London Draws up a 'UK Sanctions List' Including 20 Saudis in The Khashoggi Murder

Published July 7th, 2020 - 07:23 GMT
UK sanction Russian and Saudi human rights abuses with new Magnitsky Sanctions (Twitter)
UK sanction Russian and Saudi human rights abuses with new Magnitsky Sanctions (Twitter)
Highlights
Furthermore, two North Korean organizations allegedly involved in forced labor have also been included in the list for good measure.

In a largely symbolic gesture the British government has introduced a new UK-only sanctions list targeting key individuals and institutions from four countries.

The list includes forty-seven people from Saudi Arabia, Russia and Myanmar, in addition to two North Korean organizations.

Included in the list are 20 Saudi nationals allegedly involved in the murder of dissident journalist Jamal Khashoggi; 25 Russian nationals allegedly involved in the death of lawyer and auditor Sergei Magnitsky; and two high-ranking Myanmar generals allegedly implicated in violence against the stateless Rohingya people.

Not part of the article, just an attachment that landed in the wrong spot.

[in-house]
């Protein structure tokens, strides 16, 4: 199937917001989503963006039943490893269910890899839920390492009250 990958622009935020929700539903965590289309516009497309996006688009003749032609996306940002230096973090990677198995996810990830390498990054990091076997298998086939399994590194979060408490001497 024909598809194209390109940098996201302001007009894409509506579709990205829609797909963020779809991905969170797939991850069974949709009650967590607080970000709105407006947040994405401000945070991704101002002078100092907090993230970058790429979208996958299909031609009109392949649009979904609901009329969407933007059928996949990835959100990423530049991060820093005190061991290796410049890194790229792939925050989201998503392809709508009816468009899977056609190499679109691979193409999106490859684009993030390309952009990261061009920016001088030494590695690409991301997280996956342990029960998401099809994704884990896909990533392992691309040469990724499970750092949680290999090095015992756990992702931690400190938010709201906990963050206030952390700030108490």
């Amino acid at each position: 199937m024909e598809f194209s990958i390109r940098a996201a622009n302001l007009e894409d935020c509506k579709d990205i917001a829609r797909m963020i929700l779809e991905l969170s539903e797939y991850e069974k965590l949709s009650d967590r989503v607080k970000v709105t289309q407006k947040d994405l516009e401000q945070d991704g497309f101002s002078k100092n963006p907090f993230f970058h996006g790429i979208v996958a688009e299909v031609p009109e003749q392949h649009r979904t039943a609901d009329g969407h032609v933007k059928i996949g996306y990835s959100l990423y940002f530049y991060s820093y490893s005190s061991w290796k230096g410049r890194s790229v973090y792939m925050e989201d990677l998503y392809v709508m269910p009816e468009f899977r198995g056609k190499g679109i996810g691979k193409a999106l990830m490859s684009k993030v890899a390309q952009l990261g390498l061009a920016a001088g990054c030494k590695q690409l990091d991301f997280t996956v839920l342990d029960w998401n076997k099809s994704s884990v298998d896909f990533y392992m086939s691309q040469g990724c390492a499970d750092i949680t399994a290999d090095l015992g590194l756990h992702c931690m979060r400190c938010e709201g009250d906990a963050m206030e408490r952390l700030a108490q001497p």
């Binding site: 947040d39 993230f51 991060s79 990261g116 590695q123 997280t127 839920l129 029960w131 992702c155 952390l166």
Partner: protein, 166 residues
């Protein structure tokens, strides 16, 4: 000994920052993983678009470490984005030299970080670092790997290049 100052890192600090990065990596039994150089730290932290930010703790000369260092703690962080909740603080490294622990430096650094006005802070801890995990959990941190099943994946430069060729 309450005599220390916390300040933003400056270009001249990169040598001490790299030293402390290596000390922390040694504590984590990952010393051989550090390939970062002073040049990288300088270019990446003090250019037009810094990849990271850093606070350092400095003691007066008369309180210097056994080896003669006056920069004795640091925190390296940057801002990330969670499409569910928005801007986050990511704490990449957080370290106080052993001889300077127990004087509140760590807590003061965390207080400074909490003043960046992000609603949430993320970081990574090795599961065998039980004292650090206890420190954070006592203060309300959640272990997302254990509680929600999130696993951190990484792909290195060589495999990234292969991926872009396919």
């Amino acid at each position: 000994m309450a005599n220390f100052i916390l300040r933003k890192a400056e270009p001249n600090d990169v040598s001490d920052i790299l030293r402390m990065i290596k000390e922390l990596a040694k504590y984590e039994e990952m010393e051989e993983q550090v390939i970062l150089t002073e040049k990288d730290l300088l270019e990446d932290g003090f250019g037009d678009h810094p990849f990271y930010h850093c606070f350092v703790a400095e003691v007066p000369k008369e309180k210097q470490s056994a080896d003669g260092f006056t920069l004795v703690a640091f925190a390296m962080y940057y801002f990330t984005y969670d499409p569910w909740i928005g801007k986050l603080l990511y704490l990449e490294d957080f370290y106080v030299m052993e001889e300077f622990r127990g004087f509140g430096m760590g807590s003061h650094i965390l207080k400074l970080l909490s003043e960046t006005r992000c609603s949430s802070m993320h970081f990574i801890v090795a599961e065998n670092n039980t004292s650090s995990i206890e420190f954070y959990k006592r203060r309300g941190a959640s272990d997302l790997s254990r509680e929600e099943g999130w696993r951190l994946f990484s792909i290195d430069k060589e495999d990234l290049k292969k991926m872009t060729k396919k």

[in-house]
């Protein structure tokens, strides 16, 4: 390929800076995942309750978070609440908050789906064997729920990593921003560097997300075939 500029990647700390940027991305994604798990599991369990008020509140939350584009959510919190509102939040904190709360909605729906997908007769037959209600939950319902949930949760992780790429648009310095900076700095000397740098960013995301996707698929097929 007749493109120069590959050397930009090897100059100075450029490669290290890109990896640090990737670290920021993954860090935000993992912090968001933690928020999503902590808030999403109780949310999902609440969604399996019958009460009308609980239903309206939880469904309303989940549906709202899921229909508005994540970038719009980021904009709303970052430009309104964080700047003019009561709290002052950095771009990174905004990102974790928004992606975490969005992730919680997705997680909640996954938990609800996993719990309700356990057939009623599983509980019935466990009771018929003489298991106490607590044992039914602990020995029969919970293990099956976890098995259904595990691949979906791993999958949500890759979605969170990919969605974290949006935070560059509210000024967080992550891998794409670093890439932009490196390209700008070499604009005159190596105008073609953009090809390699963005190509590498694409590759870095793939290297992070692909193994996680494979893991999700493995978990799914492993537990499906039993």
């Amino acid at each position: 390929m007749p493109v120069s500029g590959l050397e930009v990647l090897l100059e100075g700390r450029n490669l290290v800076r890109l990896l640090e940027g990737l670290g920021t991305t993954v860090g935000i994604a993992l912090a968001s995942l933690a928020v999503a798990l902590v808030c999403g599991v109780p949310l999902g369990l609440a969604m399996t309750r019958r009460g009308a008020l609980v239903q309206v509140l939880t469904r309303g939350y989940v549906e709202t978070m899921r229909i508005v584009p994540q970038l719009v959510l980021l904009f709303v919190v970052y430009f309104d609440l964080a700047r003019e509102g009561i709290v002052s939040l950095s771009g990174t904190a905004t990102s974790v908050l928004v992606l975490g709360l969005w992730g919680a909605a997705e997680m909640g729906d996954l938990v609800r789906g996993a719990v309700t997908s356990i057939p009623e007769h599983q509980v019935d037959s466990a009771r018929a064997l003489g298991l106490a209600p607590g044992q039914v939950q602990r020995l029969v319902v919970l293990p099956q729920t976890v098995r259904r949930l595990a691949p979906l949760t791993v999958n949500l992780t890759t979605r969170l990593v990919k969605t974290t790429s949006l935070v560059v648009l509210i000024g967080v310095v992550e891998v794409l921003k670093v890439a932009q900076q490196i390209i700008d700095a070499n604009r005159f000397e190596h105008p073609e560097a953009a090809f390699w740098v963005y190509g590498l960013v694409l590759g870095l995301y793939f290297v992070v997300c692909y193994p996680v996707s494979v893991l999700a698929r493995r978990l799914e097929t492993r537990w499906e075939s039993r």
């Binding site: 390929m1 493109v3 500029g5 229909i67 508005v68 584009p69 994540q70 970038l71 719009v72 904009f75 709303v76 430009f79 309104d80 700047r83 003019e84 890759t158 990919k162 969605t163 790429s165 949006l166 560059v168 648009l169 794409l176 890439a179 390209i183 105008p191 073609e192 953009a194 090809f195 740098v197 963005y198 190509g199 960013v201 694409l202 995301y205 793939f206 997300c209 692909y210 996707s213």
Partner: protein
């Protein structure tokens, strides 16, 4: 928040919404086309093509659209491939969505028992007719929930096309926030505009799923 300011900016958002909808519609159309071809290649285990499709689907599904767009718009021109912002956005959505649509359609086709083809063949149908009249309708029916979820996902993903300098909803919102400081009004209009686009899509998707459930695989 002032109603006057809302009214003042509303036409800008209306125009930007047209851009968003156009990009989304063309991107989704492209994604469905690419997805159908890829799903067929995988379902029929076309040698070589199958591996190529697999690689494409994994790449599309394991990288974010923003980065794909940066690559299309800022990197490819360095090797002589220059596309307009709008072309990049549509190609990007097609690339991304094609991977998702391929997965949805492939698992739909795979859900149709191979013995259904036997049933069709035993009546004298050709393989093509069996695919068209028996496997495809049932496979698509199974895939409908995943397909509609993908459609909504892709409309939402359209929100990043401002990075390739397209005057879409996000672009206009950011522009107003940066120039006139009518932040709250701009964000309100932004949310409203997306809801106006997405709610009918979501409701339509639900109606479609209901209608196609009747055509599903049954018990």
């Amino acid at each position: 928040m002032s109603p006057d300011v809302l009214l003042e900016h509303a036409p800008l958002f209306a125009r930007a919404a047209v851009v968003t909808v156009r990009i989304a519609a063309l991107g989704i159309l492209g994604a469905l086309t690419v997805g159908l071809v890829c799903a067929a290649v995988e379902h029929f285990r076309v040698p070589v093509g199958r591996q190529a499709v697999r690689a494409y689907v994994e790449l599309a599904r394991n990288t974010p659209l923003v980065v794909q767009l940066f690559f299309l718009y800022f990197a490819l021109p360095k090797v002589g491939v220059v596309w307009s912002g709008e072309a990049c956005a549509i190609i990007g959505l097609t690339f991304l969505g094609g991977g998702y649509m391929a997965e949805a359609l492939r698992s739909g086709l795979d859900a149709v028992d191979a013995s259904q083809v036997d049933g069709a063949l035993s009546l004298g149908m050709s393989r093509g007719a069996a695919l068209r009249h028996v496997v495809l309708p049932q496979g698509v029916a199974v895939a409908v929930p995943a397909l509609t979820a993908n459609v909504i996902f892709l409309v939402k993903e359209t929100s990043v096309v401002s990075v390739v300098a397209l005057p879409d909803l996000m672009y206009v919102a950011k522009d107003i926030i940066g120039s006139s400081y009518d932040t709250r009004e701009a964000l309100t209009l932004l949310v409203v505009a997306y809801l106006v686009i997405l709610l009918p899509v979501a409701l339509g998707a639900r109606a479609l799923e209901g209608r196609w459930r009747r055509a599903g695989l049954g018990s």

Furthermore, two North Korean organizations allegedly involved in forced labor have also been included in the list for good measure.

Whilst the scope and efficacy of the sanctions are not entirely clear, it is understood that targeted individuals will be subjected to travel bans to the UK and asset freezes. 

The new sanctions regime – the first of its kind in the UK – was announced to MPs at the House of Commons by the foreign secretary Dominic Raab.

Raab proclaimed that: “Today this government and this House sends a very clear message on behalf of the British people”.

"Those with blood on their hands, the thugs of despots, the henchman [sic] of dictators will not be free to waltz into this country to buy up property on the King's Road, to do their Christmas shopping in Knightsbridge or frankly to siphon dirty money through British banks or other financial institutions", Raab added.

It is widely thought the new sanctions list is part of the British government’s strategy to assert itself on the global stage in an uncertain post-Brexit world.

This article has been adapted from its original source.     


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